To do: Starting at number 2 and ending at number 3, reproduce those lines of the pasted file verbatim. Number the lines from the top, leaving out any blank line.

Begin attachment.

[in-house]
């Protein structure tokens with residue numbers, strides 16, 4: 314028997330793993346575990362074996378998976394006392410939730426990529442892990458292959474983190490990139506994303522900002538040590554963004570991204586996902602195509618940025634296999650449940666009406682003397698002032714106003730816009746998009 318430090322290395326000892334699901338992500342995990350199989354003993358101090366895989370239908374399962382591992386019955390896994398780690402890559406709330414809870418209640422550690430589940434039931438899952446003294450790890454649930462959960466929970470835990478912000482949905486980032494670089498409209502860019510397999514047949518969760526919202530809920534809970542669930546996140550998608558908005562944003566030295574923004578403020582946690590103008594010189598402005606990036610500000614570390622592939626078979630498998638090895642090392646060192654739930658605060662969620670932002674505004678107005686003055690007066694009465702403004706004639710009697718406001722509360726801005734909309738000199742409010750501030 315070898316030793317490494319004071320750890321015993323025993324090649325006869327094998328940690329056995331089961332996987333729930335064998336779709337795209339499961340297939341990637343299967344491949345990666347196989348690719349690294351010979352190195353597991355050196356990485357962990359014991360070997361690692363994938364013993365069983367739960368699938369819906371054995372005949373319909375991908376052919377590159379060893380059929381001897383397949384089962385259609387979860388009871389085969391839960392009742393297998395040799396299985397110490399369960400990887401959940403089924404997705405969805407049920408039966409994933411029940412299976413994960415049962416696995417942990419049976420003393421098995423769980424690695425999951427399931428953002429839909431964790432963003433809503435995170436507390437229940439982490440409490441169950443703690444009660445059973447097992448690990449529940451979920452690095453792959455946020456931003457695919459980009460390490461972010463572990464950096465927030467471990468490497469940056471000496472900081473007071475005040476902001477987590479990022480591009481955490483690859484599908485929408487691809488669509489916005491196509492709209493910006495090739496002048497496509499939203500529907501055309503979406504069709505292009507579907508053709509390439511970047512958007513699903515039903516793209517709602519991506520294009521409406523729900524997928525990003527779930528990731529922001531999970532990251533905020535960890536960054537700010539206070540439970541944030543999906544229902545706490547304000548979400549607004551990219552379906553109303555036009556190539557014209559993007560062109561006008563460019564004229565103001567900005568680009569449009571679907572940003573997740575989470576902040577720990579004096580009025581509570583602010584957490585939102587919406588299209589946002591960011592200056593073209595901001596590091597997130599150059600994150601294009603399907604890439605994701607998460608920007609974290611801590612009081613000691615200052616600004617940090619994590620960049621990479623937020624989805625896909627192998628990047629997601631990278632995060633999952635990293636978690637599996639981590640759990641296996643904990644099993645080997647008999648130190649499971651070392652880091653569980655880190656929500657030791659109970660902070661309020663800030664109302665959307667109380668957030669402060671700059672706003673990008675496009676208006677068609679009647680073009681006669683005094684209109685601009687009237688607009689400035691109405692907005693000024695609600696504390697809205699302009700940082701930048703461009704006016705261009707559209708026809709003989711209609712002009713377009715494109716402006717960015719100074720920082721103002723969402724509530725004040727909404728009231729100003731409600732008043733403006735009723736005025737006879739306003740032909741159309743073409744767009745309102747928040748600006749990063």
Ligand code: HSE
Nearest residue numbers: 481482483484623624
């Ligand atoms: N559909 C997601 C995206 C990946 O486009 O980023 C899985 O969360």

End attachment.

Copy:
């Protein structure tokens with residue numbers, strides 16, 4: 314028997330793993346575990362074996378998976394006392410939730426990529442892990458292959474983190490990139506994303522900002538040590554963004570991204586996902602195509618940025634296999650449940666009406682003397698002032714106003730816009746998009 318430090322290395326000892334699901338992500342995990350199989354003993358101090366895989370239908374399962382591992386019955390896994398780690402890559406709330414809870418209640422550690430589940434039931438899952446003294450790890454649930462959960466929970470835990478912000482949905486980032494670089498409209502860019510397999514047949518969760526919202530809920534809970542669930546996140550998608558908005562944003566030295574923004578403020582946690590103008594010189598402005606990036610500000614570390622592939626078979630498998638090895642090392646060192654739930658605060662969620670932002674505004678107005686003055690007066694009465702403004706004639710009697718406001722509360726801005734909309738000199742409010750501030 315070898316030793317490494319004071320750890321015993323025993324090649325006869327094998328940690329056995331089961332996987333729930335064998336779709337795209339499961340297939341990637343299967344491949345990666347196989348690719349690294351010979352190195353597991355050196356990485357962990359014991360070997361690692363994938364013993365069983367739960368699938369819906371054995372005949373319909375991908376052919377590159379060893380059929381001897383397949384089962385259609387979860388009871389085969391839960392009742393297998395040799396299985397110490399369960400990887401959940403089924404997705405969805407049920408039966409994933411029940412299976413994960415049962416696995417942990419049976420003393421098995423769980424690695425999951427399931428953002429839909431964790432963003433809503435995170436507390437229940439982490440409490441169950443703690444009660445059973447097992448690990449529940451979920452690095453792959455946020456931003457695919459980009460390490461972010463572990464950096465927030467471990468490497469940056471000496472900081473007071475005040476902001477987590479990022480591009481955490483690859484599908485929408487691809488669509489916005491196509492709209493910006495090739496002048497496509499939203500529907501055309503979406504069709505292009507579907508053709509390439511970047512958007513699903515039903516793209517709602519991506520294009521409406523729900524997928525990003527779930528990731529922001531999970532990251533905020535960890536960054537700010539206070540439970541944030543999906544229902545706490547304000548979400549607004551990219552379906553109303555036009556190539557014209559993007560062109561006008563460019564004229565103001567900005568680009569449009571679907572940003573997740575989470576902040577720990579004096580009025581509570583602010584957490585939102587919406588299209589946002591960011592200056593073209595901001596590091597997130599150059600994150601294009603399907604890439605994701607998460608920007609974290611801590612009081613000691615200052616600004617940090619994590620960049621990479623937020624989805625896909627192998628990047629997601631990278632995060633999952635990293636978690637599996639981590640759990641296996643904990644099993645080997647008999648130190649499971651070392652880091653569980655880190656929500657030791659109970660902070661309020663800030664109302665959307667109380668957030669402060671700059672706003673990008675496009676208006677068609679009647680073009681006669683005094684209109685601009687009237688607009689400035691109405692907005693000024695609600696504390697809205699302009700940082701930048703461009704006016705261009707559209708026809709003989711209609712002009713377009715494109716402006717960015719100074720920082721103002723969402724509530725004040727909404728009231729100003731409600732008043733403006735009723736005025737006879739306003740032909741159309743073409744767009745309102747928040748600006749990063």
Ligand code: HSE